the whisk. The meringue will deflate. Increase the speed to medium and whip for 5 minutes, or until the whites hold stiff, glossy peaks. Although the bowl will still be warm, the meringue should have cooled. If not, continue to whip until it is cool.
Fold one-third of the meringue into the almond mixture, then continue adding the whites a little at a time (you may not use them all) until when you fold a portion of the batter over on itself, the "ribbon" slowly moves. The mixture shouldn't be so stiff that it holds its shape without moving at all, but it shouldn't be so loose that it dissolves into itself and does not maintain the ribbon; it is better for the mixture to be sightly stiff than too loose.
Transfer the mixture to a pastry bag with a 1/2 inch tip. Hold the bag upright 1/2 inch above the center of one of the traced circles and pipe out enough to fill in the circle. Lift away the pastry bag and fill the remaining circles on the first pan. Lift up the sheet pan and tap the bottom of the pan to spread the batter evenly and smooth any peaks left by the bag.
Place the sheet pan in the oven and immediately reduce the temperature to 325 degrees and bake for 9 to 12 minutes, until the tops are shiny and crisp. Set the pan on a cooling rack and cool completely. Preheat the oven to 400 degrees again.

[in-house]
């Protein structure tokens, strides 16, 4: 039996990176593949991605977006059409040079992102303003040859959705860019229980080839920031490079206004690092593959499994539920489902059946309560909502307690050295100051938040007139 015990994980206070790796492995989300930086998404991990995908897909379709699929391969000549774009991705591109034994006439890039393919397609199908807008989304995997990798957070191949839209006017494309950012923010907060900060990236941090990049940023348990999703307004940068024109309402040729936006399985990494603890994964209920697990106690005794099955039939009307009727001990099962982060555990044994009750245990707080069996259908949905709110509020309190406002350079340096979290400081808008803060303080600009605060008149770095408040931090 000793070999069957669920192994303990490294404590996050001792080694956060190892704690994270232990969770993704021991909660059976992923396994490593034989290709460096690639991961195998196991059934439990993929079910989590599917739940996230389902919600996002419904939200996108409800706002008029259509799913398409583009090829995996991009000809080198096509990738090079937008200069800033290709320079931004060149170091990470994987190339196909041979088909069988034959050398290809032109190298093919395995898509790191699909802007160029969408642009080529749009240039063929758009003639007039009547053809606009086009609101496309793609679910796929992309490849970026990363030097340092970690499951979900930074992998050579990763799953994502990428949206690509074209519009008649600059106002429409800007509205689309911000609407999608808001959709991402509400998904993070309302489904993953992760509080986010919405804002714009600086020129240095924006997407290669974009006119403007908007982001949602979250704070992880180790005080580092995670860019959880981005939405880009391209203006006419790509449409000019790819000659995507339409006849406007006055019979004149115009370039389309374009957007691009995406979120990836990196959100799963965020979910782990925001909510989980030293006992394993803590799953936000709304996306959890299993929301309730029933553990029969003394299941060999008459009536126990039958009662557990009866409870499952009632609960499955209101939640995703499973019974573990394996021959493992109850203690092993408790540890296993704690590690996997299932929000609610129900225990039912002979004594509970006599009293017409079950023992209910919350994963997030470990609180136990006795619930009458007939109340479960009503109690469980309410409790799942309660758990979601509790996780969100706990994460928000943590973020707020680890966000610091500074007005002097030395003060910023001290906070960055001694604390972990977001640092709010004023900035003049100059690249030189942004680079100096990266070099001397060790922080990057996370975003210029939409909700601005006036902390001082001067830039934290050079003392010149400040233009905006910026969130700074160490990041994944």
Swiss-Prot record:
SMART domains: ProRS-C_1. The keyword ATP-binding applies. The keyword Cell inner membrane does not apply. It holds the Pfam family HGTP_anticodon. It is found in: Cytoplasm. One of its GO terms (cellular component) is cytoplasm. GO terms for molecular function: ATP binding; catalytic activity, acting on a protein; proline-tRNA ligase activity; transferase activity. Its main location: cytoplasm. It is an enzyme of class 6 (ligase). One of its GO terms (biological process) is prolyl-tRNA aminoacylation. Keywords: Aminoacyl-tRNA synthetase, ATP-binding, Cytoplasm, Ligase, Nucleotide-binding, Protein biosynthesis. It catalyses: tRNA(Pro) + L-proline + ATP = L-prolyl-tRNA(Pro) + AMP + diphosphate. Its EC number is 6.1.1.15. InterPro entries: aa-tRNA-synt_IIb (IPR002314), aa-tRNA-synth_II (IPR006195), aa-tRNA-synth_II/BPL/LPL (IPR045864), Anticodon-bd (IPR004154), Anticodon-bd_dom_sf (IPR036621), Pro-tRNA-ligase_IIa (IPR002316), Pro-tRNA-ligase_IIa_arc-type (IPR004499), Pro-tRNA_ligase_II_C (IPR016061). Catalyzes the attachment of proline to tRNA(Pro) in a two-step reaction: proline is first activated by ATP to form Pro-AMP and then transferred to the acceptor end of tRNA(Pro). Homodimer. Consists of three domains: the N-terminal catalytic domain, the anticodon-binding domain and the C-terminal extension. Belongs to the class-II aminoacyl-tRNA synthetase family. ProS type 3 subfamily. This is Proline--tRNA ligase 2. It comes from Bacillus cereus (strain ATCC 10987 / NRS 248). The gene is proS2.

Pipe the remaining macaron mixture into the circles of the second sheet pan and bake as directed above. Let cool completely.
Transfer the buttercream to the pastry bag with the 3/8 inch tip. Transfer the caramel jam to a pastry bag with the 1/8 inch tip. Pipe a ring of buttercream, not quite reaching the edge of the macaron. Fill the hole with caramel jam. Top with a second macaron and gently press to spread the buttercream to the edges. Repeat with remaining macarons and filling.
The macarons are best if wrapped individually in a few layers of plastic wrap and frozen for at least 24 hours or up to 2 weeks. Defrost in the refrigerator for 3 hours, then bring to room temperature before seving. They can be served the day they are made or stored in a covered container in the refrigerator up to 2 days.